"white marriage" calls for a divorce (at TFPO)

A review of "White Marriage" on stage at the Odyssey Theatre.

The French call it a mariage blanc, which translates to “white marriage,” although “blank marriage” would be equally appropriate. It’s an expression that refers to unconsummated nuptials. As the title of a play by noted Polish playwright and poet Tadeusz Różewicz, however, it takes on the unintended meaning of a play with unconsummated drama.

Ostensibly the story of a naïve girl, Bianca, growing into womanhood while confronted by her impending marriage to an equally naïve boy named Benjamin, Różewicz’s fantasia concerns sex. At the cusp of puberty, young Bianca is not so much innocent, but beholden to a slanted, idiosyncratic perspective of sex that Sigmund Freud, whose name should have been spelled with an “a” instead of an “e,” would have approved. Suspicion and terror – both influenced by an excess of imagination that is inflamed through a volatile relationship with her precocious best friend Pauline. 

It might be easy to imagine a structured narrative from these preceding sentences, a slender path that navigates the play’s theatrical woods to deliver an insightful account of blossoming womanhood (in all the meanings implied by the botanical metaphor). Yet ... READ THE REST AT THE FRONT PAGE ONLINE

White Marriage. Written by Tadeusz Różewicz. Directed by Ron Sossi. On stage at the Odyssey Theatre until May 25, 2014. For information and tickets, call (310) 477-2055 ext. 2 or visit www.OdysseyTheatre.com.


coffee's cloud nine at the bar nine collective (at TFPO)

An introduction to Culver City's awesome new coffee wonderland, Bar Nine Collective... 

Here’s a riddle for you: When is coffee like wine? Before I offer you the answer, take a moment to consider what kind of coffee drinker you are. Are you: READ THE REST AT THE FRONT PAGE ONLINE


i saw design: thoughts on the meaning of good design

Several years ago, Metropolis Magazine asked a good and timely question: what is good design? The question is personally interesting not only because it indulges my propensity to pontificate, but also because it relates to the work I do and the industry I work in. And so, Peter Hall’s view that design is an argument. To quote:

Many objects are designed not to be useful but to make an argument. And my contention is that every object is an argument of some sort, and its strength or weakness as an argument is a good guide to its value. The theorist Richard Buchanan once identified three rhetorical characteristics of a product’s design: Its logos, or technological reasoning, is the clarity of its ­function—the way in which, say, a spoon is an argument for getting food from the plate to the mouth, or a clamshell shape suggests that the cell phone needs to be opened to be used. Its ethos, or character, is how it reflects its maker; a Dieter Rams–designed Braun product conveys an unobtrusive, efficient quality. Its pathos, or emotion, is how it persuades its potential users that it is desirable and useful to them—its sexiness, if you like.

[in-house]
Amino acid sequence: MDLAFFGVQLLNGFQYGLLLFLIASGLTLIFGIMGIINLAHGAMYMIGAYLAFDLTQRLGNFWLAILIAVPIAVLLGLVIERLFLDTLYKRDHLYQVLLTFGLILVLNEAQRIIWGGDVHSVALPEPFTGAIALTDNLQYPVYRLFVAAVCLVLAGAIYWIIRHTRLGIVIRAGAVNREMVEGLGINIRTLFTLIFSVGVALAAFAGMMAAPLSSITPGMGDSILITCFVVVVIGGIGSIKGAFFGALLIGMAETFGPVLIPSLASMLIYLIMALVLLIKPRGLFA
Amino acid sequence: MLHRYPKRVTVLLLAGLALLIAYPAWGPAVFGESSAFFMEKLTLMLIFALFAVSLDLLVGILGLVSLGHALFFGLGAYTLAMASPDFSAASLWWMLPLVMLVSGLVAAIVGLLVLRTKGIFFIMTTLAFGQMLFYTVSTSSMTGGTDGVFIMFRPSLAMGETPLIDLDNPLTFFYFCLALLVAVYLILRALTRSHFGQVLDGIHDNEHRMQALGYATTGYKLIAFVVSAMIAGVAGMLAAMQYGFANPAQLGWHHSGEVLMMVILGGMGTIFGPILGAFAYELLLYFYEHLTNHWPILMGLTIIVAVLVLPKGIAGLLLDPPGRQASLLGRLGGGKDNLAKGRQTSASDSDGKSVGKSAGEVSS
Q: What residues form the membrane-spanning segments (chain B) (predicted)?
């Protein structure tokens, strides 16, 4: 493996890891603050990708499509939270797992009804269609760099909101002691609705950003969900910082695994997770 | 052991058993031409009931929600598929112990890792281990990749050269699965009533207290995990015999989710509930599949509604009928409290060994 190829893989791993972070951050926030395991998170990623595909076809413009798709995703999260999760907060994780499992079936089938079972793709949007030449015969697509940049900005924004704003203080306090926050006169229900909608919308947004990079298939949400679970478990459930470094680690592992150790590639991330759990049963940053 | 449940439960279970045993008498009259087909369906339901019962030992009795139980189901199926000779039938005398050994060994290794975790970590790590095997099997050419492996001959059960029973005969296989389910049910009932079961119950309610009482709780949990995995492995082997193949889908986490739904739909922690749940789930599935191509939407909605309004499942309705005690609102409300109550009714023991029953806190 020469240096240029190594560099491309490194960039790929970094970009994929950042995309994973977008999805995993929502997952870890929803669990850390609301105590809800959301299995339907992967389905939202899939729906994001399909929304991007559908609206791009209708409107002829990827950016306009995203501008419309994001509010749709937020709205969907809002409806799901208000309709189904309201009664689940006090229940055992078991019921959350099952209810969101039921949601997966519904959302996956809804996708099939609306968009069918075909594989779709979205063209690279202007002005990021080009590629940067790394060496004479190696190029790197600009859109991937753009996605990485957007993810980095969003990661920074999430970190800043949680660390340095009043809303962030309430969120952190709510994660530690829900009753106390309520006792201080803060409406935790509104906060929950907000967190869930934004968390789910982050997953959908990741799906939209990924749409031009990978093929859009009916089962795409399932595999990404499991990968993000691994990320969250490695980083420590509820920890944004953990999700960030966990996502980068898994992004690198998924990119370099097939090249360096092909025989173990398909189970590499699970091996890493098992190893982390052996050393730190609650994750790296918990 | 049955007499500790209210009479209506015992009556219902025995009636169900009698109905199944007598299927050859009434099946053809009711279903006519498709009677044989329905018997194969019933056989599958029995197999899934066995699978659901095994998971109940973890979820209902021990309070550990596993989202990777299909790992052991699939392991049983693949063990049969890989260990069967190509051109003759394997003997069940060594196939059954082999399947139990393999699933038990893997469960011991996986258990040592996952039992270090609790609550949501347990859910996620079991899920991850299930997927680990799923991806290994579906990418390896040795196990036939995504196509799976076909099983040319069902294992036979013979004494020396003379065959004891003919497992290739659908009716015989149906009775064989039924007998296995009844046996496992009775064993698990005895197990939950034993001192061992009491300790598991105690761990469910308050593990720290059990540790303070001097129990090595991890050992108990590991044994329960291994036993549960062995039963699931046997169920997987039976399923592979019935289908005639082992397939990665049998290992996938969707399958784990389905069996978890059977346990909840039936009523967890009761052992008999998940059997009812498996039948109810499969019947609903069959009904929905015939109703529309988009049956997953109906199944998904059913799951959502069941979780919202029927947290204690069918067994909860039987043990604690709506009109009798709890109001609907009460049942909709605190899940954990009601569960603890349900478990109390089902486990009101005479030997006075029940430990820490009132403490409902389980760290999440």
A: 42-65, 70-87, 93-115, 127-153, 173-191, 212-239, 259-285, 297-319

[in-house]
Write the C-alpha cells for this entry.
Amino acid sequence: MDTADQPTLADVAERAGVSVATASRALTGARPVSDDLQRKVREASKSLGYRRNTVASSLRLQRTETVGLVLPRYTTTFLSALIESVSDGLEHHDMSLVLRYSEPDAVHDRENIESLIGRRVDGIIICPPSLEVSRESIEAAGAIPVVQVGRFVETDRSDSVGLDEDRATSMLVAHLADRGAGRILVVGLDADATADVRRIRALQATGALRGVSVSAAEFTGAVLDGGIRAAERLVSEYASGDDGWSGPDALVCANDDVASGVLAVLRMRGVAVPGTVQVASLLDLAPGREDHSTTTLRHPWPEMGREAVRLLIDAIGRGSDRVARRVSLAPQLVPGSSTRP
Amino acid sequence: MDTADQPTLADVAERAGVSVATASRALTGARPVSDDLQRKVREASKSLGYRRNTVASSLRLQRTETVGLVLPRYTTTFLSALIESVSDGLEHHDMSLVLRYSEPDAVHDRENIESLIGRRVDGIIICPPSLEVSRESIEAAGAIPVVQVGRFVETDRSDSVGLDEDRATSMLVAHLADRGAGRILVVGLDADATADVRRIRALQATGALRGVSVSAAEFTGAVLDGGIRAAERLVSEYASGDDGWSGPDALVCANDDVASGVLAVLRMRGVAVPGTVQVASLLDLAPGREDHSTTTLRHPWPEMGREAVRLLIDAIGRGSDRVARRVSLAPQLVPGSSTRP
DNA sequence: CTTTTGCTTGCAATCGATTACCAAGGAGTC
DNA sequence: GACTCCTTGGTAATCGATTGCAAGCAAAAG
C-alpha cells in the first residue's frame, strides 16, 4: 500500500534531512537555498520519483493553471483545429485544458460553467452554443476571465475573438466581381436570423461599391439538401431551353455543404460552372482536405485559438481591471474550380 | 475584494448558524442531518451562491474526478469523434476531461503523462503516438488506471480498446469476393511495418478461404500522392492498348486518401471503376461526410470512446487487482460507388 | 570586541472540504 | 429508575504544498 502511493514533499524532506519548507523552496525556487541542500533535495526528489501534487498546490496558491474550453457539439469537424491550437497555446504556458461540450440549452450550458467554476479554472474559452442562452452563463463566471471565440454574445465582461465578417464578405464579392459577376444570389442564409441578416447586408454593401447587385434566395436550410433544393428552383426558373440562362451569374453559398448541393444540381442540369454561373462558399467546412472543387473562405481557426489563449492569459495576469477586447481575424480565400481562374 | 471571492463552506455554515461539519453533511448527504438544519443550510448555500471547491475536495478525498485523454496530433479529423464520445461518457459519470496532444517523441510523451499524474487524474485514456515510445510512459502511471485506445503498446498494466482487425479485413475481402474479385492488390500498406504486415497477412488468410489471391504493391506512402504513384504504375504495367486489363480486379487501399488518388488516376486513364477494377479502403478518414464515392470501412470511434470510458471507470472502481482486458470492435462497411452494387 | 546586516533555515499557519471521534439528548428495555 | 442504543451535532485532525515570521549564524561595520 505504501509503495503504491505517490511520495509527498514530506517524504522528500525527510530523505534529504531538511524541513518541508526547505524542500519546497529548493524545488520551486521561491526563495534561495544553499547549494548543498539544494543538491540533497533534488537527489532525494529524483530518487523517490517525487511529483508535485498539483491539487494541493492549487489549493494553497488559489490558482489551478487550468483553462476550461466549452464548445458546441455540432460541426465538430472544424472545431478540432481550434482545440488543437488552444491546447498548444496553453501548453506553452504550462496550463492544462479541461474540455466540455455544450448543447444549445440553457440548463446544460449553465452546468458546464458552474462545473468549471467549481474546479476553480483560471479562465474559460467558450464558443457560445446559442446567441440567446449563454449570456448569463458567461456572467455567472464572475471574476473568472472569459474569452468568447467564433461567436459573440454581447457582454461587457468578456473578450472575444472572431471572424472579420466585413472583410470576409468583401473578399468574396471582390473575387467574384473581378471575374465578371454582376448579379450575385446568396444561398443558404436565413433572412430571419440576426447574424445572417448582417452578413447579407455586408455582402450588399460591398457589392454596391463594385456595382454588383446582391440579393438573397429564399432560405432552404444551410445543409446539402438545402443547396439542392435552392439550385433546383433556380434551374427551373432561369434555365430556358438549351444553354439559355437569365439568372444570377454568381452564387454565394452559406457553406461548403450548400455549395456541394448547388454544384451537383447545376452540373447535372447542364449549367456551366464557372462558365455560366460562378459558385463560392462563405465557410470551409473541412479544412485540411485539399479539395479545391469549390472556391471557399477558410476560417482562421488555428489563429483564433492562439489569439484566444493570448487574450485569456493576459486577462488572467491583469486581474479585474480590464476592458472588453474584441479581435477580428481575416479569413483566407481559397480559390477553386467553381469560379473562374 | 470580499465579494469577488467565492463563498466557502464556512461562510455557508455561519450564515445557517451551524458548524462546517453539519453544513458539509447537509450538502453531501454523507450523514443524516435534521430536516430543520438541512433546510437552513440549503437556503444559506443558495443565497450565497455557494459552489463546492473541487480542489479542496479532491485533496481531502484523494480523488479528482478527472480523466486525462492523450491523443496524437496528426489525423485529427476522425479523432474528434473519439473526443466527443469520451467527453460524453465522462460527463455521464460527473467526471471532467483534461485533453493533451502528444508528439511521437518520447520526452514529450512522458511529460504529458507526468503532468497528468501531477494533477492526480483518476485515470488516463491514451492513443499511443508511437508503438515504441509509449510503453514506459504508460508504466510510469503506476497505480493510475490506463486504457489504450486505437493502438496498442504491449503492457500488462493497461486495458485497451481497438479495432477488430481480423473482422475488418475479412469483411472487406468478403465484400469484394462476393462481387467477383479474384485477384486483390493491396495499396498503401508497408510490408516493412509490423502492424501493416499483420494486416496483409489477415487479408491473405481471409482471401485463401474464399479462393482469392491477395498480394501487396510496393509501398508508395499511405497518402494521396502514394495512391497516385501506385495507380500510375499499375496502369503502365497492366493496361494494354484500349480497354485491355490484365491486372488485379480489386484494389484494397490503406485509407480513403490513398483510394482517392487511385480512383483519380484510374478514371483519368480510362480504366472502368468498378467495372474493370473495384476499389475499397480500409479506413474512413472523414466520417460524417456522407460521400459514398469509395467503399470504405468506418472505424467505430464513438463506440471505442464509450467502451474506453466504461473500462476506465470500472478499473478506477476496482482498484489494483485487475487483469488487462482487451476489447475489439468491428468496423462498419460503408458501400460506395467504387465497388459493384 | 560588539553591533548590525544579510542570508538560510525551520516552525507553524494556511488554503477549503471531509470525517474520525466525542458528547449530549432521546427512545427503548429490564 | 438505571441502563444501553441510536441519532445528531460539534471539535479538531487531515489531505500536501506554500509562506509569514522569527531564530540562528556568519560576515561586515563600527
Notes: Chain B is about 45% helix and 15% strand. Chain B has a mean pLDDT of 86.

But the most valuable effect of considering an object as an argument is that it allows us to look under the rhetorical hood and consider it not as an inevitable or neutral invention but as something that embodies a point of view.

Hall then goes on to offer examples, such as the iPod as an argument for how we should consume music instead of merely a music-playing device and the Model-T as argument for fossil-fueled transportation.
It’s an interesting perspective. Yet it strikes me as overly rhetorical, even problematic as it uses one vague concept (“argument”) to define another. And when Hall suggests that the implied timelessness of the traditional notion of “good design” glosses over the fact that problems are “too big and slippery to stamp or fix,” his argument in favour of design-as-an-argument risk even more puffery, since it is by no means philosophically necessary that any act of design can, or should be, divorced from its (historical) context.

The biggest shortcoming of defining design as an argument is that it ultimately fails to distinguish the activity of design from other activities. Hall writes:

Viewing designs as arguments frees us from the art world’s tendency to evaluate on aesthetic criteria alone. It insists on contextual evaluation: design is not just about how a thing looks or how it works; it is also about the assumptions on which it rests.

But can’t we say that art is an argument in favour of a particular insight into the human condition, that in art, aesthetics is the medium of communication? If we grant that art is also an argument, that, in fact, any action is an argument promoting a certain set of assumptions, then we are left with the question as to how to distinguish design from any other activity (such as art).

Suppose that, instead, we create a model based on the elements of form, function (how something works), and purpose (i.e. the goal). A dialectic of these elements leads to a clear and distinct definition: